• your child's tolerance of specific medications, procedures or therapies
    • new developments in treatment

    In general, malignant rhabdoid tumors are very aggressive and difficult to treat. Patients often initially respond well to treatment, but relapse either during or shortly after treatment remains a risk. Children with germline mutations to SMARCB1 also have a high risk of developing second tumors. Prompt medical attention and appropriate therapy are important for the best prognosis.

    What follow-up survivorship care will my child need?

    Survivorship comes with numerous complex issues: the long-term effects of treatment and the risk of second cancers, as well as social and psychological concerns. Children treated for malignant rhabdoid tumor should visit a survivorship clinic every year to:

    • manage disease complications
    • screen for early recurrence of cancer
    • manage late effects of treatment

    A typical follow-up visit may include some or all of the following:

    • a physical exam
    • laboratory testing
    • imaging scans

    Since 1993, physicians, nurses, researchers and psychologists at the David B. Perini, Jr. Quality of Life Clinic at Dana-Farber Cancer Institute have helped thousands of survivors of pediatric cancers, treated at the institute and at other hospitals, to manage these long-term consequences. Learn more about our cancer survivorship programs.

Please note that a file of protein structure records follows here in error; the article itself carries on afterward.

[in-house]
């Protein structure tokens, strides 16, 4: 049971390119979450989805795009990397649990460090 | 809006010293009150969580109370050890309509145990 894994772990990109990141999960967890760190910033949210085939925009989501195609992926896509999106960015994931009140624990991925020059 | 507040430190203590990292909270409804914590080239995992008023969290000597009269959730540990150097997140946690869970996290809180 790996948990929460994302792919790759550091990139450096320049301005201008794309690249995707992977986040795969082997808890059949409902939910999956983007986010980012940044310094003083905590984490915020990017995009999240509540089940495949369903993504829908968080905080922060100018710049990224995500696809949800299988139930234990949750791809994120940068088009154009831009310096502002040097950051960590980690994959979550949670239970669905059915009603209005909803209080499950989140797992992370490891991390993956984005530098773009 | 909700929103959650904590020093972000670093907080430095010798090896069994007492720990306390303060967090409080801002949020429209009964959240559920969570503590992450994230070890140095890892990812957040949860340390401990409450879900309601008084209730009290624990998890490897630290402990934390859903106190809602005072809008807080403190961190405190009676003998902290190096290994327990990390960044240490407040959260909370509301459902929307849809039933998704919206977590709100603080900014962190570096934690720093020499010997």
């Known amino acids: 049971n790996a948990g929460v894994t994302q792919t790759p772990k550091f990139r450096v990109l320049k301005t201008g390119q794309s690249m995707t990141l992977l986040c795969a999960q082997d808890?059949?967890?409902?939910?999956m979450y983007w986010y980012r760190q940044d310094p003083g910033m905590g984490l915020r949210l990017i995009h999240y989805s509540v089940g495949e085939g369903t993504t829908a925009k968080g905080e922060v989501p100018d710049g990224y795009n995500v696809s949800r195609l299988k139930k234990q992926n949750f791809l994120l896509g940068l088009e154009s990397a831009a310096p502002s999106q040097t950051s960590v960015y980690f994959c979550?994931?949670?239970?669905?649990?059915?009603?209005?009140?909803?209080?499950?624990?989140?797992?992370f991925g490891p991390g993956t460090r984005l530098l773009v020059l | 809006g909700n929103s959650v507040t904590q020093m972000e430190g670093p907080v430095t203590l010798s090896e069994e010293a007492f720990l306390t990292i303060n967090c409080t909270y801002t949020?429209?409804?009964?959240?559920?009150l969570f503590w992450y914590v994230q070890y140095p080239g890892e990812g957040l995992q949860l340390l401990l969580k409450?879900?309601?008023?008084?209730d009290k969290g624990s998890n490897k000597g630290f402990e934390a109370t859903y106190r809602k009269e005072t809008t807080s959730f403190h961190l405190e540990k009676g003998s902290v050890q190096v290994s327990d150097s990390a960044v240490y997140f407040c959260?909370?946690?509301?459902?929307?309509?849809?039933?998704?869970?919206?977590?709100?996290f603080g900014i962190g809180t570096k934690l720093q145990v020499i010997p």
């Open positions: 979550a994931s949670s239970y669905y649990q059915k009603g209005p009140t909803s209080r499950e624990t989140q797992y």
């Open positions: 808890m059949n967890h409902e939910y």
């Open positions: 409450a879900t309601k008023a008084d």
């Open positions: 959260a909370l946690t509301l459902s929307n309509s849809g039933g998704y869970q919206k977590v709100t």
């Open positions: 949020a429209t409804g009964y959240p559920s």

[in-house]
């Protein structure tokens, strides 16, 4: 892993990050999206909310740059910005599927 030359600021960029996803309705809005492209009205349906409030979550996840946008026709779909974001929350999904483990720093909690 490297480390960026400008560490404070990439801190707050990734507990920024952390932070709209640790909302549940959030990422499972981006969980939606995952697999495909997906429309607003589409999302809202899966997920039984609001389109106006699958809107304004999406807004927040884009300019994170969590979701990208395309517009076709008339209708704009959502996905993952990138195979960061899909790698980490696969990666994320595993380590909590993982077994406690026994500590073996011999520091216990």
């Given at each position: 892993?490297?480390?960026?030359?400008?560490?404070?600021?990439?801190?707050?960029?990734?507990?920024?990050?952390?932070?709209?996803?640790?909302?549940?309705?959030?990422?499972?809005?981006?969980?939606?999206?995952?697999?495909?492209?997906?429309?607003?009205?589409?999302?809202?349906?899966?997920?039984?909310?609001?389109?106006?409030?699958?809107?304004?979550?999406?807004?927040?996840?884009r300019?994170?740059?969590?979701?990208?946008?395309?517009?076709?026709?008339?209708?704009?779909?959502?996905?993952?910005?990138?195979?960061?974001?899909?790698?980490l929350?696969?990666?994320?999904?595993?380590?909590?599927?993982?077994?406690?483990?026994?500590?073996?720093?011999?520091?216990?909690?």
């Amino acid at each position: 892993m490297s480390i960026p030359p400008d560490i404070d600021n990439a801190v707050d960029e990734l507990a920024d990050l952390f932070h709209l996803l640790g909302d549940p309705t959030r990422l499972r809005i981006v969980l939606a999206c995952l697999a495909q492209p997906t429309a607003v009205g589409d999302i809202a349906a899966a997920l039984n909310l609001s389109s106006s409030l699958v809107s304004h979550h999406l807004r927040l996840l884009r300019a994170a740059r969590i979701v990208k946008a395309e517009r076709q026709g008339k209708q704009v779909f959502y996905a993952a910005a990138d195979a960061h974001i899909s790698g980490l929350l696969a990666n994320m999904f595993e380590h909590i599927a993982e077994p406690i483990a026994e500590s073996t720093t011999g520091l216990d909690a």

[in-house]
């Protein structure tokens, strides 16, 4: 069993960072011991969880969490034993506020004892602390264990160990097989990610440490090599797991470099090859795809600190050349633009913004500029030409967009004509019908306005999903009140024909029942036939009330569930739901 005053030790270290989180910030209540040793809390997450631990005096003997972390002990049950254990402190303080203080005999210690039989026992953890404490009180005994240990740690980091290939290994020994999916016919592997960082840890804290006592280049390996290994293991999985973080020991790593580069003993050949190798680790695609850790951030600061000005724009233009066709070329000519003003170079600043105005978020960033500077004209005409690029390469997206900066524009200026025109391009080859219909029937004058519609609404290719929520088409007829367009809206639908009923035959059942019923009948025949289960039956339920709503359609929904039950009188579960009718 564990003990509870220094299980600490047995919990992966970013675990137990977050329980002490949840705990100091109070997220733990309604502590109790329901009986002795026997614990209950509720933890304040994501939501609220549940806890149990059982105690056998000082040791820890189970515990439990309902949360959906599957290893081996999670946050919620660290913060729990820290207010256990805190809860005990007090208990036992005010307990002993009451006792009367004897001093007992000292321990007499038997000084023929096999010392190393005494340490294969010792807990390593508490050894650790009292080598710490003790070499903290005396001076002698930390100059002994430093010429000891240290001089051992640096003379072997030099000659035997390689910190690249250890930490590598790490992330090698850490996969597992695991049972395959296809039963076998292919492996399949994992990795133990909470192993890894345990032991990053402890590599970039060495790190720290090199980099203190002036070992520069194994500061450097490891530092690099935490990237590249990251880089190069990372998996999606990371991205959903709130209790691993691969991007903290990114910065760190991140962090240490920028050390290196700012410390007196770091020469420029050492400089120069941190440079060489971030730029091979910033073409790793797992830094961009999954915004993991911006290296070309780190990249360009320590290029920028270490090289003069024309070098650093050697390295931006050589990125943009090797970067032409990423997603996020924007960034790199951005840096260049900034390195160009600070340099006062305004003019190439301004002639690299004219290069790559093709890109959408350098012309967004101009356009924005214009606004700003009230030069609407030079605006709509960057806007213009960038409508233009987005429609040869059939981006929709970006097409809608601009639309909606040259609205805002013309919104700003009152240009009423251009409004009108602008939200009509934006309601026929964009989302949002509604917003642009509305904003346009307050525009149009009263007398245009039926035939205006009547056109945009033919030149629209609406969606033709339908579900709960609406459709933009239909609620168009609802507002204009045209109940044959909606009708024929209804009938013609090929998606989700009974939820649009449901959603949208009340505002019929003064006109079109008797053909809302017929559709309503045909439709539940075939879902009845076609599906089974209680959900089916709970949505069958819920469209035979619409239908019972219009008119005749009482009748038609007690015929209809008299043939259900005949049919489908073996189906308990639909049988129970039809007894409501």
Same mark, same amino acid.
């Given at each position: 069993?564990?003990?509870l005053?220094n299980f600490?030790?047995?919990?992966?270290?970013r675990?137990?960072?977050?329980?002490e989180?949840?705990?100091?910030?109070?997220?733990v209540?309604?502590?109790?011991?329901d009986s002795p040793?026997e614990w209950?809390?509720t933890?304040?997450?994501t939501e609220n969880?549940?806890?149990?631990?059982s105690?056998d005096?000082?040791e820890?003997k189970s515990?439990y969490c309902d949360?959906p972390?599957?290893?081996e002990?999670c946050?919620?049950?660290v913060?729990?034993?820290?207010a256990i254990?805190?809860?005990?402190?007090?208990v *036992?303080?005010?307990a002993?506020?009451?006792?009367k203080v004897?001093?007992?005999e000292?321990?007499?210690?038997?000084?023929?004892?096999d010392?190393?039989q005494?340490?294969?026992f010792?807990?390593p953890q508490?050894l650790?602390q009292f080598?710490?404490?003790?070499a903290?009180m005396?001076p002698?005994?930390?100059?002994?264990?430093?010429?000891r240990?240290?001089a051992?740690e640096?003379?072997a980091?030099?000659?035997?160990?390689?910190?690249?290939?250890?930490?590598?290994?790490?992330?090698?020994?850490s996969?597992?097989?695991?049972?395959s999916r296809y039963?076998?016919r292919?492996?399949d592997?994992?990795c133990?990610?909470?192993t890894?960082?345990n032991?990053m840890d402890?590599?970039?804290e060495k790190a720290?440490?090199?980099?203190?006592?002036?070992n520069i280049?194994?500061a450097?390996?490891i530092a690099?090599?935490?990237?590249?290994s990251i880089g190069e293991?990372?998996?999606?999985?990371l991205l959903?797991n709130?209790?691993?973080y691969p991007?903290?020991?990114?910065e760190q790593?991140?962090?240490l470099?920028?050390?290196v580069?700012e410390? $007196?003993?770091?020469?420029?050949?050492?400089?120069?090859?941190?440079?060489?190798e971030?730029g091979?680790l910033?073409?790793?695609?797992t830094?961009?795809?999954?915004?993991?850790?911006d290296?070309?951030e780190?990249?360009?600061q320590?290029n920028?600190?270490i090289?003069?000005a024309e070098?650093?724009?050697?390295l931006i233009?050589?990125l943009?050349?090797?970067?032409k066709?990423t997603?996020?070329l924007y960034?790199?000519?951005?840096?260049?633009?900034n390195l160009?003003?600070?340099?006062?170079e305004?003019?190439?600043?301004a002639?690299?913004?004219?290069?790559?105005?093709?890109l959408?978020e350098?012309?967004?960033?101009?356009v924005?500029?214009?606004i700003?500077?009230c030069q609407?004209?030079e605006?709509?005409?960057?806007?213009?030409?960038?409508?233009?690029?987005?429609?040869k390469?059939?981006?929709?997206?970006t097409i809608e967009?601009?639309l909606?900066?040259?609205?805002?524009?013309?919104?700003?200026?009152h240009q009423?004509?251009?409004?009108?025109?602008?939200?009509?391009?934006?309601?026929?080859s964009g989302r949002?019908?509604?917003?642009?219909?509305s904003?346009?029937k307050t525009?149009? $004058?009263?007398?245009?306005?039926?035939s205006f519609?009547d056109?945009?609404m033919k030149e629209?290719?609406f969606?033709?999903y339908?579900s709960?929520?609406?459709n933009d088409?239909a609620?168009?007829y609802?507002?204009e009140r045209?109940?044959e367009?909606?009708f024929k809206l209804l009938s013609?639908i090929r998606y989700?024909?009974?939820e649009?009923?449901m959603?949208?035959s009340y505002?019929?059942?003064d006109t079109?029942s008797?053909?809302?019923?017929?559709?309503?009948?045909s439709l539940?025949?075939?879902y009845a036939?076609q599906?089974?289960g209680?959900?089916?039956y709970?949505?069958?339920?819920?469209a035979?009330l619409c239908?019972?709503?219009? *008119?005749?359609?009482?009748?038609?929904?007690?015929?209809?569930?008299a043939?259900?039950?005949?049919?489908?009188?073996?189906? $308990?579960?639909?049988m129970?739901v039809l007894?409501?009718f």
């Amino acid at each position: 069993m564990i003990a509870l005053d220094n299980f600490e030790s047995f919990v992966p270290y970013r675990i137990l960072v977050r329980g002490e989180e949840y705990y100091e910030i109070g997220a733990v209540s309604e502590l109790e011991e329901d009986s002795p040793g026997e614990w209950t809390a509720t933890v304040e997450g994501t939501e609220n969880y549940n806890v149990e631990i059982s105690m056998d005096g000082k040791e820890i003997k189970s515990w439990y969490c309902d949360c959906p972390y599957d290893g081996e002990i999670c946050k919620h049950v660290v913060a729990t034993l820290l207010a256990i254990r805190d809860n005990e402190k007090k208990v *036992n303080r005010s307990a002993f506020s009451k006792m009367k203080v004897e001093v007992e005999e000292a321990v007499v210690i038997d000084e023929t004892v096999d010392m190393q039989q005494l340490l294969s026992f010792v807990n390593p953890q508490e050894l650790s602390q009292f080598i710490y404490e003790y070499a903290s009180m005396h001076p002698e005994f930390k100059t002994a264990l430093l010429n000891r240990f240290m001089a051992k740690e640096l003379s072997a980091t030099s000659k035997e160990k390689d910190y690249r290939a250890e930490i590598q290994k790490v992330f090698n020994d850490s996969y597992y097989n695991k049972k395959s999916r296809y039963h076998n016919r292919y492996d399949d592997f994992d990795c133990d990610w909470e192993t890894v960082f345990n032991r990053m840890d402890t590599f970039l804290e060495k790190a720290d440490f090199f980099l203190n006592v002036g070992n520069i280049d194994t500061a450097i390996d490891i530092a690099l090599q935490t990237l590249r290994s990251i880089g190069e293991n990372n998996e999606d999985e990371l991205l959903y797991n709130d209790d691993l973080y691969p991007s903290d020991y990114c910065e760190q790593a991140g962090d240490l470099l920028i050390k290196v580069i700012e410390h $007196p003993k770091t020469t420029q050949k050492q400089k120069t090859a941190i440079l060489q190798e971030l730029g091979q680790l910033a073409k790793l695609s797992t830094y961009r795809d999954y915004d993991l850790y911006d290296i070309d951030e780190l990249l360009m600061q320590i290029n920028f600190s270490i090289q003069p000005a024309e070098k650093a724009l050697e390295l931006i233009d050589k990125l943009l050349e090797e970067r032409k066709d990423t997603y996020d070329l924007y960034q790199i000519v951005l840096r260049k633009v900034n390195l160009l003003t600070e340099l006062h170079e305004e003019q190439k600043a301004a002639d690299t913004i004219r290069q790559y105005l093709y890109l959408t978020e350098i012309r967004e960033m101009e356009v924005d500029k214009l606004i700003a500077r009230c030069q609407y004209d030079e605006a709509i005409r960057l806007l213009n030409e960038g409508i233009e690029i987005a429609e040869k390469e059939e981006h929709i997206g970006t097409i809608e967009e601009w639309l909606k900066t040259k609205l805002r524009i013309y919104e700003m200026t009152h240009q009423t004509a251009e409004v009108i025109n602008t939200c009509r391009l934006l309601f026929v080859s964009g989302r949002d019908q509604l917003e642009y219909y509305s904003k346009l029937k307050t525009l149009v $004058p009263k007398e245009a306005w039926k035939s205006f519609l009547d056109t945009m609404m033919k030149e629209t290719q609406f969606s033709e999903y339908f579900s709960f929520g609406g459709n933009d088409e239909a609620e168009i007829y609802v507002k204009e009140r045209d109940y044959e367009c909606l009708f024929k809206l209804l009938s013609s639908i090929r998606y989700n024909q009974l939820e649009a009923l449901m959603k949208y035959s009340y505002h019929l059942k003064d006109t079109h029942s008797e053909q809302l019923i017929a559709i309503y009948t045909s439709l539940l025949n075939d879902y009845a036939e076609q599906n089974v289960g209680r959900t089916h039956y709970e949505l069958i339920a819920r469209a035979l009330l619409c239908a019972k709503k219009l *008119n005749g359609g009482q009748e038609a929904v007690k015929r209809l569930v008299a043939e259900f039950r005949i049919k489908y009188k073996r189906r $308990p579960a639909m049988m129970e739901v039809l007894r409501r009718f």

What is the latest research on malignant rhabdoid tumor?

    Researchers at Dana-Farber/Boston Children's are global leaders in the basic and translational study of rhabdoid tumors, including malignant rhabdoid tumor and atypical teratoid/rhabdoid tumor. Their goal: to understand the biological basis of rhabdoid tumors, including the role(s) of mutations in the gene SMARCB1, and to develop more effective treatment methods for children with these tumors.

    In addition, we have a phase I clinical trial open for children with refractory or relapsed malignant rhabdoid tumor, as well as access to any malignant rhabdoid tumor trials available through the Children's Oncology Group.

    Learn more about clinical trials

    For many children with rare or hard-to-treat conditions, clinical trials provide new options.